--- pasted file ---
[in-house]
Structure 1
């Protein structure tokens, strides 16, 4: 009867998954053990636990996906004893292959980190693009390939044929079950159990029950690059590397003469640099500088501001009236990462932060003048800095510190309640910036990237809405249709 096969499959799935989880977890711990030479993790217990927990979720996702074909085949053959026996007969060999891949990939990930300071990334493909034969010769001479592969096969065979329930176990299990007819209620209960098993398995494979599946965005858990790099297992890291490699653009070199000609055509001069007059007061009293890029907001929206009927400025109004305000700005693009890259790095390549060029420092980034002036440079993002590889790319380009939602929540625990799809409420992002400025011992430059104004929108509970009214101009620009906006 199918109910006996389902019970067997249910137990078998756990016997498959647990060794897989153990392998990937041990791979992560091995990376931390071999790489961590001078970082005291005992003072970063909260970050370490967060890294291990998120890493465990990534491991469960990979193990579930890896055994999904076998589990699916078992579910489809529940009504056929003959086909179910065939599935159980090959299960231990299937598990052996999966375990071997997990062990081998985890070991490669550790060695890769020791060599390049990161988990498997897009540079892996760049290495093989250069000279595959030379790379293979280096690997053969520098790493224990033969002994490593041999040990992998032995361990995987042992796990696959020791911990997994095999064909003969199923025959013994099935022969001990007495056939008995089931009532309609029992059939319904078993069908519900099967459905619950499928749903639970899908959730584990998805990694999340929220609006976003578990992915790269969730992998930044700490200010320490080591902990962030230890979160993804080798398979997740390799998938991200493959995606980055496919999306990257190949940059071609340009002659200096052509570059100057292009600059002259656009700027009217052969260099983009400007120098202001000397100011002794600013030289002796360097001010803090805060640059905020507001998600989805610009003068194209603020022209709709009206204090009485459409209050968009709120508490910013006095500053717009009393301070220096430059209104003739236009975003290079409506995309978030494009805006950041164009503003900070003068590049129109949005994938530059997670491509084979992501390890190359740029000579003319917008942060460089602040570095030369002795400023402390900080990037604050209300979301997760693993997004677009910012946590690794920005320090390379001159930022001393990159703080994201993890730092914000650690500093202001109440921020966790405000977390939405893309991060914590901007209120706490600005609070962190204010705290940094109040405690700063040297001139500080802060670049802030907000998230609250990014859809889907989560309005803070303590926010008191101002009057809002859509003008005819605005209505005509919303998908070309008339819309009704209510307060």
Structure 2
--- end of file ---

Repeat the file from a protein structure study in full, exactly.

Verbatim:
[in-house]
Structure 1
């Protein structure tokens, strides 16, 4: 009867998954053990636990996906004893292959980190693009390939044929079950159990029950690059590397003469640099500088501001009236990462932060003048800095510190309640910036990237809405249709 096969499959799935989880977890711990030479993790217990927990979720996702074909085949053959026996007969060999891949990939990930300071990334493909034969010769001479592969096969065979329930176990299990007819209620209960098993398995494979599946965005858990790099297992890291490699653009070199000609055509001069007059007061009293890029907001929206009927400025109004305000700005693009890259790095390549060029420092980034002036440079993002590889790319380009939602929540625990799809409420992002400025011992430059104004929108509970009214101009620009906006 199918109910006996389902019970067997249910137990078998756990016997498959647990060794897989153990392998990937041990791979992560091995990376931390071999790489961590001078970082005291005992003072970063909260970050370490967060890294291990998120890493465990990534491991469960990979193990579930890896055994999904076998589990699916078992579910489809529940009504056929003959086909179910065939599935159980090959299960231990299937598990052996999966375990071997997990062990081998985890070991490669550790060695890769020791060599390049990161988990498997897009540079892996760049290495093989250069000279595959030379790379293979280096690997053969520098790493224990033969002994490593041999040990992998032995361990995987042992796990696959020791911990997994095999064909003969199923025959013994099935022969001990007495056939008995089931009532309609029992059939319904078993069908519900099967459905619950499928749903639970899908959730584990998805990694999340929220609006976003578990992915790269969730992998930044700490200010320490080591902990962030230890979160993804080798398979997740390799998938991200493959995606980055496919999306990257190949940059071609340009002659200096052509570059100057292009600059002259656009700027009217052969260099983009400007120098202001000397100011002794600013030289002796360097001010803090805060640059905020507001998600989805610009003068194209603020022209709709009206204090009485459409209050968009709120508490910013006095500053717009009393301070220096430059209104003739236009975003290079409506995309978030494009805006950041164009503003900070003068590049129109949005994938530059997670491509084979992501390890190359740029000579003319917008942060460089602040570095030369002795400023402390900080990037604050209300979301997760693993997004677009910012946590690794920005320090390379001159930022001393990159703080994201993890730092914000650690500093202001109440921020966790405000977390939405893309991060914590901007209120706490600005609070962190204010705290940094109040405690700063040297001139500080802060670049802030907000998230609250990014859809889907989560309005803070303590926010008191101002009057809002859509003008005819605005209505005509919303998908070309008339819309009704209510307060």
Structure 2